The Tallgrass Prairie bison herd was started with 300 animals donated by the Ken-Ada Ranch north of Bartlesville in the fall of 1993, and christened the Christina Adams Bison Herd (for the daughter of the Ken-Ada Ranch owners, Kenneth and Dianna Adams). The herd has since grown, more or less according to schedule. The target size is a summer herd of 2,600, including calves, with an over-wintering herd of 1,950, in a 23,000 acre fiire-bison unit.
All heifer calves are vaccinated against brucellosis and all incoming animals are tested for brucellosis and tuberculosis and quarantined before admission to the herd. Even though there is no substantiated evidence of bison to cattle transmission of brucellosis, great pains are taken to ensure the herd remains brucellosis free. During the annual roundup all keeper animals are vaccinated for several bovine diseases and treated for external and internal parasites.
Genetic mixing is controlled by the importation and culling of breeding bulls. Bulls have been obtained from a number of sources, including: Custer State Park, SD; Cross Ranch Preserve, ND (TNC); Fort Niobrara NWR, NE; Fort Robinson State Park, NE; KS Parks & Wildlife, Garden City Herd, KS; Ken-Ada Ranch, OK; Maxwell Game Refuge, KS; National Bison Range, MT; Niobrara Valley Preserve, NE (TNC), Samuel H. Ordway Memorial Prairie, SD (TNC); Sedgwick County Zoo, KS; and Wichita Mountains NWR, OK.
Bulls are sold at 6-7 years of age, since after this they tend to become more aggressive and dangerous. Cows are sold at 10-12 years of age. They are still productive through their early twenties but their sale value is higher as teenagers. Also, the older cows are less physically fit for withstanding the rigors of roundup.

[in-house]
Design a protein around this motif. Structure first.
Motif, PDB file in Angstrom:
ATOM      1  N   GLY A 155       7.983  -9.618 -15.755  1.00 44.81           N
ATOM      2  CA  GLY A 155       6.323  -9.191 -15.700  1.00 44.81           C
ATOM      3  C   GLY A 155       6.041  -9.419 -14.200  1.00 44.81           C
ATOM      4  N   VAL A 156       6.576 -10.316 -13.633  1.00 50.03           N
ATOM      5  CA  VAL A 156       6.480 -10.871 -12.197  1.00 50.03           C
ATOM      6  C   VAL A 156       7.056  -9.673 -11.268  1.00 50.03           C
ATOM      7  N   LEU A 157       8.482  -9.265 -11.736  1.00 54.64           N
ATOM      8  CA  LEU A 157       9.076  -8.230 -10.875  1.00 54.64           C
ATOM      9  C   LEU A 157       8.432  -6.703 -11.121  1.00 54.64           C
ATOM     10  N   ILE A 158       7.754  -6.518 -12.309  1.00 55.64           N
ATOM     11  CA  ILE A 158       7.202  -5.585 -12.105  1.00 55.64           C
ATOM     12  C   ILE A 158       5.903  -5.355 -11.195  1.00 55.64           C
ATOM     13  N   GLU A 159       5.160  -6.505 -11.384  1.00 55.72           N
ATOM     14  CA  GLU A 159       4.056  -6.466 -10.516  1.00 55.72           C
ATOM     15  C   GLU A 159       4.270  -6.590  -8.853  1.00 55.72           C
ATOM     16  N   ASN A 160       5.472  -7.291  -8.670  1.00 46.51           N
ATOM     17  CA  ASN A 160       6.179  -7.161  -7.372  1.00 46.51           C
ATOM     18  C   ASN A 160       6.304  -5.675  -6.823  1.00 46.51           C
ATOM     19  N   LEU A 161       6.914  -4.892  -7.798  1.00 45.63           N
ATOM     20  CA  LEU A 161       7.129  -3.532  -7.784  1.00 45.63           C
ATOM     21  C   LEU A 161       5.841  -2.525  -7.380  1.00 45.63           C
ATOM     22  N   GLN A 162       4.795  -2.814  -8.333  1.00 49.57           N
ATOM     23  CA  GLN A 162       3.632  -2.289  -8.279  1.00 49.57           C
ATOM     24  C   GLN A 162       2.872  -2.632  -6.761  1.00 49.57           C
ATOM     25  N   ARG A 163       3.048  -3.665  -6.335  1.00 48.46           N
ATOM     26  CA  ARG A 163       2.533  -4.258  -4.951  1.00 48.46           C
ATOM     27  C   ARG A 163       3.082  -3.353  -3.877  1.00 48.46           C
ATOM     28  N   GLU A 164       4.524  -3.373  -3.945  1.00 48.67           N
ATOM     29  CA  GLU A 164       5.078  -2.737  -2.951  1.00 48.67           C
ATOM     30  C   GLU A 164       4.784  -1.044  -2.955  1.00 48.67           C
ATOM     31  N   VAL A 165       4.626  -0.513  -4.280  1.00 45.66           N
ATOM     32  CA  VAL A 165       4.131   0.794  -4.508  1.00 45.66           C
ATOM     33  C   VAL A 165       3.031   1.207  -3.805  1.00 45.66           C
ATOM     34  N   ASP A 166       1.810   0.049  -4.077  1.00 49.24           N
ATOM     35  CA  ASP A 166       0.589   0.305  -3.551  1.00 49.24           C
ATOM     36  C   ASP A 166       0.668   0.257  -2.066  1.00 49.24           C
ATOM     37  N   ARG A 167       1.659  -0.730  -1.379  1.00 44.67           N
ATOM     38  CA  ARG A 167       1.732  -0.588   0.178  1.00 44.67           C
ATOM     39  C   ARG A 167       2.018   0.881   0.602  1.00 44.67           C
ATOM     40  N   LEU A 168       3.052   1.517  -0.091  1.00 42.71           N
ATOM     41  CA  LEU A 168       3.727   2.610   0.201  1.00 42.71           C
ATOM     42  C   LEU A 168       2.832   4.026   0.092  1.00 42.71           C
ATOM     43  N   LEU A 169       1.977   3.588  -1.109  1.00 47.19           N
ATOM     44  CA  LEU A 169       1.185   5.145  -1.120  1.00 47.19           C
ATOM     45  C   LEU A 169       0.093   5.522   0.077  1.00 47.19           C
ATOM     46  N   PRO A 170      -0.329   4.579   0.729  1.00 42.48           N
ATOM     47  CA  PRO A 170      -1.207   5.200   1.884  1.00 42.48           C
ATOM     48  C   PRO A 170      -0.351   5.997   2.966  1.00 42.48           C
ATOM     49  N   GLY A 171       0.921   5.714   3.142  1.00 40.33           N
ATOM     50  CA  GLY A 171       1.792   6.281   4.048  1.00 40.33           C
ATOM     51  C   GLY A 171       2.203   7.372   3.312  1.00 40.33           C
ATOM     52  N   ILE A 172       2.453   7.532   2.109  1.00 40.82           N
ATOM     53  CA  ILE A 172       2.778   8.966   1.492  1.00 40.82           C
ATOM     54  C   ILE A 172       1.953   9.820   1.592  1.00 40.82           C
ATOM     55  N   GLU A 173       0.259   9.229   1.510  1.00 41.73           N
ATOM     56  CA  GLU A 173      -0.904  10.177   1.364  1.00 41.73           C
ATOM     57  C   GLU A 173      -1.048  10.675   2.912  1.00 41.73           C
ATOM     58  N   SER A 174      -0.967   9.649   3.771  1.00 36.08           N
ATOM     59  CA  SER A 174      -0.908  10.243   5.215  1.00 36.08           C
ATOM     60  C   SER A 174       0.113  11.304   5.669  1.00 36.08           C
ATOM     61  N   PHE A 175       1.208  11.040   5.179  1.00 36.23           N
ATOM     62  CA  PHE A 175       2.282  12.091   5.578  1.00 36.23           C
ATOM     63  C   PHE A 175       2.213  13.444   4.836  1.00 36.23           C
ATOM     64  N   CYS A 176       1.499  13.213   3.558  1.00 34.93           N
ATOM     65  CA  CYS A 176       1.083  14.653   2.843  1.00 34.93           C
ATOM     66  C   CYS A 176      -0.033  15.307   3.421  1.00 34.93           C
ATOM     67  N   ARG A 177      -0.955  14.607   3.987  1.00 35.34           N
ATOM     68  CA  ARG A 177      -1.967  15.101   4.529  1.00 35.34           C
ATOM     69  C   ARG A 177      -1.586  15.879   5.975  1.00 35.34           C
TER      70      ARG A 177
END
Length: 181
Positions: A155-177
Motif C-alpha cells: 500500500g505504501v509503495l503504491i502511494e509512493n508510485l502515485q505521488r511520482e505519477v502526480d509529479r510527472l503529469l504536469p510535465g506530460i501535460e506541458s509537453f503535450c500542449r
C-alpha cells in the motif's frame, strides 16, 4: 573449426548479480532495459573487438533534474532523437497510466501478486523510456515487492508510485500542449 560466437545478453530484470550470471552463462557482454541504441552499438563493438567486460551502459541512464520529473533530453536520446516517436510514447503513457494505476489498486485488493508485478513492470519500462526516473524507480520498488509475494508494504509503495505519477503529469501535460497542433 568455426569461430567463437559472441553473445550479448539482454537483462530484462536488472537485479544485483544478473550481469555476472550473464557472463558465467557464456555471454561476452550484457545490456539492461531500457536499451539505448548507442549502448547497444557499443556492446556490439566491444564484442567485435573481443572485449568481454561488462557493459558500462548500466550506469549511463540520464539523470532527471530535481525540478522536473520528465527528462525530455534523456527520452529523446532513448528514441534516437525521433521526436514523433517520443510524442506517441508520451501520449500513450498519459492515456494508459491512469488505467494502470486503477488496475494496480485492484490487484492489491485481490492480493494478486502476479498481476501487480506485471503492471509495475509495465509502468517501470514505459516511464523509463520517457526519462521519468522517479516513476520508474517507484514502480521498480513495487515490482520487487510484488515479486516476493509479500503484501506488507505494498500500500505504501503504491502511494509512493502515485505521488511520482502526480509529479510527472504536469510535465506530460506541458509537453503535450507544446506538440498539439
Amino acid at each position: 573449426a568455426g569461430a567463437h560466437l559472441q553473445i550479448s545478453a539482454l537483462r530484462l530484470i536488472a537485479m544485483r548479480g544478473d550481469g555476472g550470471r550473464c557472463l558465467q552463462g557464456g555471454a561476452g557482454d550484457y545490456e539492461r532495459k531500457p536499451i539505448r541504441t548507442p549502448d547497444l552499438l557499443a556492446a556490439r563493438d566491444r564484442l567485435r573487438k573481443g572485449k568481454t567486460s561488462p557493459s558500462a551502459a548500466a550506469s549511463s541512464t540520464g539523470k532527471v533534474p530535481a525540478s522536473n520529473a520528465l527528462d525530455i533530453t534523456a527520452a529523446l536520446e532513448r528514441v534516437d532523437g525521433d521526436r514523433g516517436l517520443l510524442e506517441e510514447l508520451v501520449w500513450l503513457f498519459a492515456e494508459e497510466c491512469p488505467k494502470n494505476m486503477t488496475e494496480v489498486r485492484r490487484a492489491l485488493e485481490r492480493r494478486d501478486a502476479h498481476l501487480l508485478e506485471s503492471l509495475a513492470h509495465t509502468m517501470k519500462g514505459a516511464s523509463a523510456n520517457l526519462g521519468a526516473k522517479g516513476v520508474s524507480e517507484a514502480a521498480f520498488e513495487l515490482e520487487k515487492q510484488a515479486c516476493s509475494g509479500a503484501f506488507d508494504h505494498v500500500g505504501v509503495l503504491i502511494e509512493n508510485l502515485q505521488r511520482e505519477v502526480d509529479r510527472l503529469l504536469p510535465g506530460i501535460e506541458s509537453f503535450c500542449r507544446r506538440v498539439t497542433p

The herd receives no supplemental feeding, but, because the animals are in a restricted range, salt with trace minerals is provided. Water is available in creeks and ponds.
For research and record-keeping purposes, each individual bison in the herd is identified with an ear-tag transponder. This tag is read by holding a wand near the animal's head; the wand transmits the tag's data to a portable computer. Each transponder transmits a unique number, which is then assigned to that particular animal. Some of the information tracked includes the animal's sex, origin, age, weight, pregnancy status, and general health. Due to the lack of a 'standard tag', the tags have been changed several times. Recently the International Standards Organization (ISO) published a standard for herd animal tags. During the 2002 roundup the tags were replaced with ISO-standard e-tags, which should simplify this aspect of the herd management.February 03, 2011